Culture clash and genetic similarity

1 minute read

I really like this Slate article by Jon Cohen in which he discovers his not-quite-Cohen-modal haplotype and journeys to South Africa to meet a Lemba. It's old (from 2000), but I will be pointing to it for one of my classes this semester, so I'm noting the link here.

This is great:

Confused, I asked if being a one-step neighbor meant that one of my forefathers had a mutation in his Y, branching him off the tree that represented the Buba clan of the Lemba and other "true" Cohens in his study? "It can't be said exactly that way," Goldstein cautioned, sounding like a rebbe answering a question of Talmudic proportions. "The way that I'd say it that would be accurate won't be very satisfying for you."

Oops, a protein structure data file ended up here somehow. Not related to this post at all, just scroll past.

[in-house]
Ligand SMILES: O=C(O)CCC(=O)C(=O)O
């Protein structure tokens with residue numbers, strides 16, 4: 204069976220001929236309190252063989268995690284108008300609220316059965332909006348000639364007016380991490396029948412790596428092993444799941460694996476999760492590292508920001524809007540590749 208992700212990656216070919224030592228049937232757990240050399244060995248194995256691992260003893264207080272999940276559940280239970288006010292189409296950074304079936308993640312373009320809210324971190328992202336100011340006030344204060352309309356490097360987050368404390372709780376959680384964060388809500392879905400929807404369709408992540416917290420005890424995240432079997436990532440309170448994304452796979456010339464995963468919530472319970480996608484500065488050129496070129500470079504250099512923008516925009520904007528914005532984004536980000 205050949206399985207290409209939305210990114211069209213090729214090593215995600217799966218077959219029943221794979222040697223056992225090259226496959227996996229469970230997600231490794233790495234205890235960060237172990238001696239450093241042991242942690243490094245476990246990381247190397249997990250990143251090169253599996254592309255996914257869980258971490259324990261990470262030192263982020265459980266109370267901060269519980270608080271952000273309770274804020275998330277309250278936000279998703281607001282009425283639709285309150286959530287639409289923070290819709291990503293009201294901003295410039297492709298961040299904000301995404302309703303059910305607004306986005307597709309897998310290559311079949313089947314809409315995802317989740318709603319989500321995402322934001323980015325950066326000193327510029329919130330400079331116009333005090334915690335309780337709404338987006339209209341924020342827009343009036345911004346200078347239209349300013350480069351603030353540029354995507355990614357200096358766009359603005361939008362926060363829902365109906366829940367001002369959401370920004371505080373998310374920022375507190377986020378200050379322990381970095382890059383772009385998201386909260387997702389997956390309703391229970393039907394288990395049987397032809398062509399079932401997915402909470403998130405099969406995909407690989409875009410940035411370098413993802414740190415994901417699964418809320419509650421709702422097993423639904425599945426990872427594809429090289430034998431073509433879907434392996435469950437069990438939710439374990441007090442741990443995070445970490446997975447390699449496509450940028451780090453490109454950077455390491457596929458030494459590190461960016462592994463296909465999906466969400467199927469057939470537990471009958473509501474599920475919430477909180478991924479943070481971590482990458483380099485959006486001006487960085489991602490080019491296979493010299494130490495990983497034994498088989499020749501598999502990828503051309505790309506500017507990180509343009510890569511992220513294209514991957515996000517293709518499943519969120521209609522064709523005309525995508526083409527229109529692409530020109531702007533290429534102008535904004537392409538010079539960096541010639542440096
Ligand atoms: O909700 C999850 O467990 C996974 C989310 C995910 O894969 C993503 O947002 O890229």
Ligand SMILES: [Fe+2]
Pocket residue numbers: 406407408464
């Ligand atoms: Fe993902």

I want to remember that line! Then there is his skeptical visit to a South African Lemba:

He introduced me to his wife and three sons, and we sat in his living room, which was free of the religious artifacts of most American Jewish homes -- photos of brides and grooms standing under chuppahs, needlepoints of yarmulke-clad men snapping their fingers in dance, artsy menorahs, and gilded sedar plates.
Probing the Jewish-like "dos and don'ts" of the Lemba, I found as many differences as similarities. Mbelangwa had never heard of the kosher practice of separating milk from meat. Lemba don't celebrate Passover, which is as important a religious gathering to most Jews as Easter is to Christians. He didn't know whether it was forbidden to name a child after a living relative, which Jews aren't supposed to do.

How fragile the ties that bind...